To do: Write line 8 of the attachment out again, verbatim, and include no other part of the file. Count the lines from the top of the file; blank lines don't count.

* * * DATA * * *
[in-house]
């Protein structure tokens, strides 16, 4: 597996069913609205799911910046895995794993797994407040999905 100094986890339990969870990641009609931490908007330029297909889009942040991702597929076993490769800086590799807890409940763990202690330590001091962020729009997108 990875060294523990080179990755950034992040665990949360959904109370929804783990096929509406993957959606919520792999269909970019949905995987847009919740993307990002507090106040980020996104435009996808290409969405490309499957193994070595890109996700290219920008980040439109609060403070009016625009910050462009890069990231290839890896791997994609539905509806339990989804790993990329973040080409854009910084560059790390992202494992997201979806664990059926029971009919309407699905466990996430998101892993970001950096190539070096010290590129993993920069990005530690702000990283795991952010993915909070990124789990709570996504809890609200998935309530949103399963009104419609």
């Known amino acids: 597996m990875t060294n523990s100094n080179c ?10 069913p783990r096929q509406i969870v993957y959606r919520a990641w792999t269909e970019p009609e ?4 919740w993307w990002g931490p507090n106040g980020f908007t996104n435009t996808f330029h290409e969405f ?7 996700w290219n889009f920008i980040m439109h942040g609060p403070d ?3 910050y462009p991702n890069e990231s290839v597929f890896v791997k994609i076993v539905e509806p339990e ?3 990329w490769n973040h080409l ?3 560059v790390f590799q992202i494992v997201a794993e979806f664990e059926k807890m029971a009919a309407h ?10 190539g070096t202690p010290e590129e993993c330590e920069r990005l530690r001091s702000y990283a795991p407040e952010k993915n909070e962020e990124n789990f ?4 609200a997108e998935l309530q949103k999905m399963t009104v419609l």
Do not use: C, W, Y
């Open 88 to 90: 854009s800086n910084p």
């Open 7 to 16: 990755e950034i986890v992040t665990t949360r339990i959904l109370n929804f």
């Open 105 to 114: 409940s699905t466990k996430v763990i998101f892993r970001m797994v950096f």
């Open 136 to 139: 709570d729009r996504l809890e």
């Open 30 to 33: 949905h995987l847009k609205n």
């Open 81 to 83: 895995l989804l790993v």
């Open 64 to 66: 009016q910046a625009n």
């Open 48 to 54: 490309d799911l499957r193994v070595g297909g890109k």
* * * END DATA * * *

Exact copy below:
């Open 136 to 139: 709570d729009r996504l809890e």